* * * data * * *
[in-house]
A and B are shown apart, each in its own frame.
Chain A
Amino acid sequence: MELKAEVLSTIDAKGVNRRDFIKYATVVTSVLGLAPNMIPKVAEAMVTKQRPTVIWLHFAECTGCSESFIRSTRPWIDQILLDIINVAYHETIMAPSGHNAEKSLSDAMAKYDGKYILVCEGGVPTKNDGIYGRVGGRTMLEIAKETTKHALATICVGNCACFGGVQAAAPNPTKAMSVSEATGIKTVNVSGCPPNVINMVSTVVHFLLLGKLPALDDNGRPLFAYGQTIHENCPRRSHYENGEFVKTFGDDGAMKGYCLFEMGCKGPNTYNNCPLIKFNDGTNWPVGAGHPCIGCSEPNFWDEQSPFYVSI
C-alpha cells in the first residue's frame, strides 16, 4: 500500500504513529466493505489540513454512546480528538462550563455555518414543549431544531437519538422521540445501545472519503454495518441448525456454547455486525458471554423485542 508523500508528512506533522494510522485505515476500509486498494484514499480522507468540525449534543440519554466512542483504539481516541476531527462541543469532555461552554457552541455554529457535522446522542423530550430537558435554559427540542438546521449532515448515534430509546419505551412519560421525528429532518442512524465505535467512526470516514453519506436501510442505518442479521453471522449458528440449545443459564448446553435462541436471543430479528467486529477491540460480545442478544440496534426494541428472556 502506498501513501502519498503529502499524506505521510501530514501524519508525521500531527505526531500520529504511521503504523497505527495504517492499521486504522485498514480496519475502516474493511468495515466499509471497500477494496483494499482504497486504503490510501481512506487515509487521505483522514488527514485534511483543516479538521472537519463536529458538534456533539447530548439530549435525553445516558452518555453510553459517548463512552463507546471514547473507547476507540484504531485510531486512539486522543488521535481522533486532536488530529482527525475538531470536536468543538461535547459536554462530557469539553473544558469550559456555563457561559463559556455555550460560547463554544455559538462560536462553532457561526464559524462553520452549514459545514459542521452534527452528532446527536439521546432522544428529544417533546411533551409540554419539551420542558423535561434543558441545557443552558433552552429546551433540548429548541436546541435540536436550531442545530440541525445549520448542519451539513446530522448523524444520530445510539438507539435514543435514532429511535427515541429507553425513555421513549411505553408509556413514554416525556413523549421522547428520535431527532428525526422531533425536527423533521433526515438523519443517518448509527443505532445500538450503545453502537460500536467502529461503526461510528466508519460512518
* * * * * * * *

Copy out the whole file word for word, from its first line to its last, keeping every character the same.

[in-house]
A and B are shown apart, each in its own frame.
Chain A
Amino acid sequence: MELKAEVLSTIDAKGVNRRDFIKYATVVTSVLGLAPNMIPKVAEAMVTKQRPTVIWLHFAECTGCSESFIRSTRPWIDQILLDIINVAYHETIMAPSGHNAEKSLSDAMAKYDGKYILVCEGGVPTKNDGIYGRVGGRTMLEIAKETTKHALATICVGNCACFGGVQAAAPNPTKAMSVSEATGIKTVNVSGCPPNVINMVSTVVHFLLLGKLPALDDNGRPLFAYGQTIHENCPRRSHYENGEFVKTFGDDGAMKGYCLFEMGCKGPNTYNNCPLIKFNDGTNWPVGAGHPCIGCSEPNFWDEQSPFYVSI
C-alpha cells in the first residue's frame, strides 16, 4: 500500500504513529466493505489540513454512546480528538462550563455555518414543549431544531437519538422521540445501545472519503454495518441448525456454547455486525458471554423485542 508523500508528512506533522494510522485505515476500509486498494484514499480522507468540525449534543440519554466512542483504539481516541476531527462541543469532555461552554457552541455554529457535522446522542423530550430537558435554559427540542438546521449532515448515534430509546419505551412519560421525528429532518442512524465505535467512526470516514453519506436501510442505518442479521453471522449458528440449545443459564448446553435462541436471543430479528467486529477491540460480545442478544440496534426494541428472556 502506498501513501502519498503529502499524506505521510501530514501524519508525521500531527505526531500520529504511521503504523497505527495504517492499521486504522485498514480496519475502516474493511468495515466499509471497500477494496483494499482504497486504503490510501481512506487515509487521505483522514488527514485534511483543516479538521472537519463536529458538534456533539447530548439530549435525553445516558452518555453510553459517548463512552463507546471514547473507547476507540484504531485510531486512539486522543488521535481522533486532536488530529482527525475538531470536536468543538461535547459536554462530557469539553473544558469550559456555563457561559463559556455555550460560547463554544455559538462560536462553532457561526464559524462553520452549514459545514459542521452534527452528532446527536439521546432522544428529544417533546411533551409540554419539551420542558423535561434543558441545557443552558433552552429546551433540548429548541436546541435540536436550531442545530440541525445549520448542519451539513446530522448523524444520530445510539438507539435514543435514532429511535427515541429507553425513555421513549411505553408509556413514554416525556413523549421522547428520535431527532428525526422531533425536527423533521433526515438523519443517518448509527443505532445500538450503545453502537460500536467502529461503526461510528466508519460512518